Religious Literacy to Promote Human Dignity in a Multi-faith Society
Event | November 2023
In commemoration of the 75th anniversary of the Universal Declaration of Human Rights (UDHR), the Ministry of Law and Human Rights of the Republic of Indonesia together with the Leimena Institute hosted the International Conference on Cross-Cultural Religious Literacy in Jakarta, Indonesia from November 13-14, 2023. The conference provided an opportunity to discuss how human dignity serves as the foundational principle not only of human rights, but also of citizen engagement in promoting a peaceful and inclusive society based on the rule of law.
This year’s theme of the conference, “Human Dignity And Rule of Law For A Peaceful And Inclusive Society,” reflects upon the UDHR and the Charter of the United Nation’s meaning and implications of human dignity in a multipolar world. Peacemakers Network’s Executive Director, Dr. Mohamed Elsanousi, spoke on religious literacy as a mechanism to promote human dignity,
“This conference is not intended to be a celebration, but rather an opportunity for global actors to commiserate over the current conflicts, and simultaneously be inspired by the often-unsung work that religious and traditional actors do everyday to support peaceful and inclusive societies.”
Top photo from left to right: Prof. Dr. M. Amin Abdullah, H.E. David Saperstein, Prof. Madya Dr. Mohamed Azam Mohamed Adil, Dr. Mohamed Elsanousi, Prof. Dr. Inayah Rohmaniyah. Photo by Institut Leimena on Twitter.
Emphasizing the Peacemakers Network’s mission, Dr. Elsanousi highlighted four critical areas to further bolster the role of religious actors in supporting interfaith harmony through religious literacy:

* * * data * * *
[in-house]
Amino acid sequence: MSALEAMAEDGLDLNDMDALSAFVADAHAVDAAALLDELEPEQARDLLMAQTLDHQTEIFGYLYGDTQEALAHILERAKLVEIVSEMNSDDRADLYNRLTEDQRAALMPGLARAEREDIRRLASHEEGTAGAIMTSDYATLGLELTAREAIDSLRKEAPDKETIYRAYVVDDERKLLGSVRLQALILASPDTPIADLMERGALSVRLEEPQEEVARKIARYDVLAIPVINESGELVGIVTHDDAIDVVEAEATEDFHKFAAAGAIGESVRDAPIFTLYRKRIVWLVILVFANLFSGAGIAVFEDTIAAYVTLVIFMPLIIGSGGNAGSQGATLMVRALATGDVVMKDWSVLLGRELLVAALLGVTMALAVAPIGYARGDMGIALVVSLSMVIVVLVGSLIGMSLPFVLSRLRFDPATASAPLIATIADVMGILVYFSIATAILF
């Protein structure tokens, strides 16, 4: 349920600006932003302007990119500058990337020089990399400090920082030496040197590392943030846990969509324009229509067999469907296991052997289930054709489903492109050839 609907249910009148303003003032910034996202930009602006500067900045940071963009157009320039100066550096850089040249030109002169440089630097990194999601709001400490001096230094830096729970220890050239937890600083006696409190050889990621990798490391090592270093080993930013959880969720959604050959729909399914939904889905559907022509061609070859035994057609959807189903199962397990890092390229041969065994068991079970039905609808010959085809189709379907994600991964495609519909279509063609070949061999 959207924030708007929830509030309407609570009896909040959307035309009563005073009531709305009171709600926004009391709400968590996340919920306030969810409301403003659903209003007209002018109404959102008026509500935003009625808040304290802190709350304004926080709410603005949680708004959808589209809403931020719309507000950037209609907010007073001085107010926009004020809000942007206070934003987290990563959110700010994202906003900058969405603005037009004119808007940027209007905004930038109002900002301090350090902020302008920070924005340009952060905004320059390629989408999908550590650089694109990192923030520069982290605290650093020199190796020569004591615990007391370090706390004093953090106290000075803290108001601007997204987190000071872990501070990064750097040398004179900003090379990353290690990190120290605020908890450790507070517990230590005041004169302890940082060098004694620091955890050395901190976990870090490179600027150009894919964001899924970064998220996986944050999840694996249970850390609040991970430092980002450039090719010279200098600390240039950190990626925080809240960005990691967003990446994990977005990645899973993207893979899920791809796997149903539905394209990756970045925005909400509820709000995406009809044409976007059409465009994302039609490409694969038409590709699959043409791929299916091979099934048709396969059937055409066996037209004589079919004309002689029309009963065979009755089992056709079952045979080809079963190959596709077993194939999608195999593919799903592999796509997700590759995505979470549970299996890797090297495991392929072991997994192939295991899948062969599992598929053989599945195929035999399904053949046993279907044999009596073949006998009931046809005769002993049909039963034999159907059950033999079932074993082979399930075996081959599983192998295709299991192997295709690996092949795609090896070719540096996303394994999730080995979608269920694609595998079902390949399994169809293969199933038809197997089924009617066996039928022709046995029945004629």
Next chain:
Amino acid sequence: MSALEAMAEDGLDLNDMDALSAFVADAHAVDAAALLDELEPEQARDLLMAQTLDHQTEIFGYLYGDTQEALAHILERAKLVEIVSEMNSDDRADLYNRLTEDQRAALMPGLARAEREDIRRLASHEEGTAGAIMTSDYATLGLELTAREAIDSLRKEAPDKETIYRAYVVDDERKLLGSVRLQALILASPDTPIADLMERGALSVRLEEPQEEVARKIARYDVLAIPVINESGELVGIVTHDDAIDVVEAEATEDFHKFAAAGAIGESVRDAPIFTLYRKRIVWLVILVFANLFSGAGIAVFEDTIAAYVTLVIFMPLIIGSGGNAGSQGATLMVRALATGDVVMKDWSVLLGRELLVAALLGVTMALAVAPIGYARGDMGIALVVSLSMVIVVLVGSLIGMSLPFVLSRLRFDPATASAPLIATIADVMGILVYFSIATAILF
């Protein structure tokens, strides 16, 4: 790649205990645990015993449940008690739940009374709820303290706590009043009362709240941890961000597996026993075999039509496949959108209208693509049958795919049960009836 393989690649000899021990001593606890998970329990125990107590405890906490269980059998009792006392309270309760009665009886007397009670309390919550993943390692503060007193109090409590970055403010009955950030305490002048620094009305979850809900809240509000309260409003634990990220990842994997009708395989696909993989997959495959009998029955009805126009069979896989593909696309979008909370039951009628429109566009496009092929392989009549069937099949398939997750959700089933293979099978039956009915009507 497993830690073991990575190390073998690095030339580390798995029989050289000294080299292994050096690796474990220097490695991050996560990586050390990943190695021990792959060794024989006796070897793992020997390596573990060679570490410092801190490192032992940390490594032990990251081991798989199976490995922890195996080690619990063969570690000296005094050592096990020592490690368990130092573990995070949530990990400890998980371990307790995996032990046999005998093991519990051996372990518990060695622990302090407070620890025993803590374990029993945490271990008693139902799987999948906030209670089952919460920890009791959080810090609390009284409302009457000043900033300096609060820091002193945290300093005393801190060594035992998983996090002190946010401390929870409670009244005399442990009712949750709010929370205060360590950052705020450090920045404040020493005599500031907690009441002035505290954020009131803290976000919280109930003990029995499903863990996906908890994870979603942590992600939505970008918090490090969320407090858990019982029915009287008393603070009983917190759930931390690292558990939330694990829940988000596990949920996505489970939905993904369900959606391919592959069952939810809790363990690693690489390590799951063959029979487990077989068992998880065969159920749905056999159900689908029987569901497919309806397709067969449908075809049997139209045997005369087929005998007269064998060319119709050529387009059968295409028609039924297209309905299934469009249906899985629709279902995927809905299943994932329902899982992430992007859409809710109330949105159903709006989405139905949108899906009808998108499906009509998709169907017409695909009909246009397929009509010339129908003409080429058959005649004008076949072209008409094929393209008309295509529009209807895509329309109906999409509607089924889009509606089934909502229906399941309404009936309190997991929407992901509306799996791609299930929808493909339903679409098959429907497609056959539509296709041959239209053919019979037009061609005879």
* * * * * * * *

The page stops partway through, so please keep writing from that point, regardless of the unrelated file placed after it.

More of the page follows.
1. The need to strengthen our own religious literacy as well as that of other religions. To promote human dignity and foster mutual understanding of multi faith societies, it is crucial to be literate in one’s own religion as well as have a baseline understanding of others.
2. The need to recognize the importance of contextualizing theology. Religion does not compromise its fundamentals when scriptures are adapted to local contexts. Thus, contextual theology has a great opportunity to enhance the text to best serve people of faith in contemporary society and support sustainable peace and social cohesion.
3. Recognizing and understanding that freedom of religion or belief (FoRB) is the foundation for prevention of violence and prosperity. Many regions around the world have a rich history in ethnic and religious pluralism therefore, we need to support locally owned FoRB initiatives to reduce levels of religious persecution, bias and discrimination towards minority communities. The Peacemakers Network is currently implementing a 5-year Dutch-funded program, the Joint Initiative for Strategic Religious Action (JISRA), a project committed to advancing peaceful and just societies where all can enjoy freedom of religion or belief, alongside consortia members Mensen Meteen Missie, Tearfund, Search for Common Ground, and Faith for Action.
4. The need to support educational opportunities to advance the religious literacy of women and youth. To promote this, the Peacemakers Network and the Berghof Foundation recently concluded case studies on women faith-based mediators who have conducted successful mediation efforts within their communities and between extremist groups through the incorporation of religious teachings.
Drawing on experiences from the Peacemakers Network’s initiatives, Dr. Elsanousi underlined the Network’s continuation to work and engage with religious and traditional actors, specifically to increase religious literacy of women and youth and the capacity to meaningfully engage in interreligious dialogue to ensure effective community engagement and initiatives at the grassroots level.
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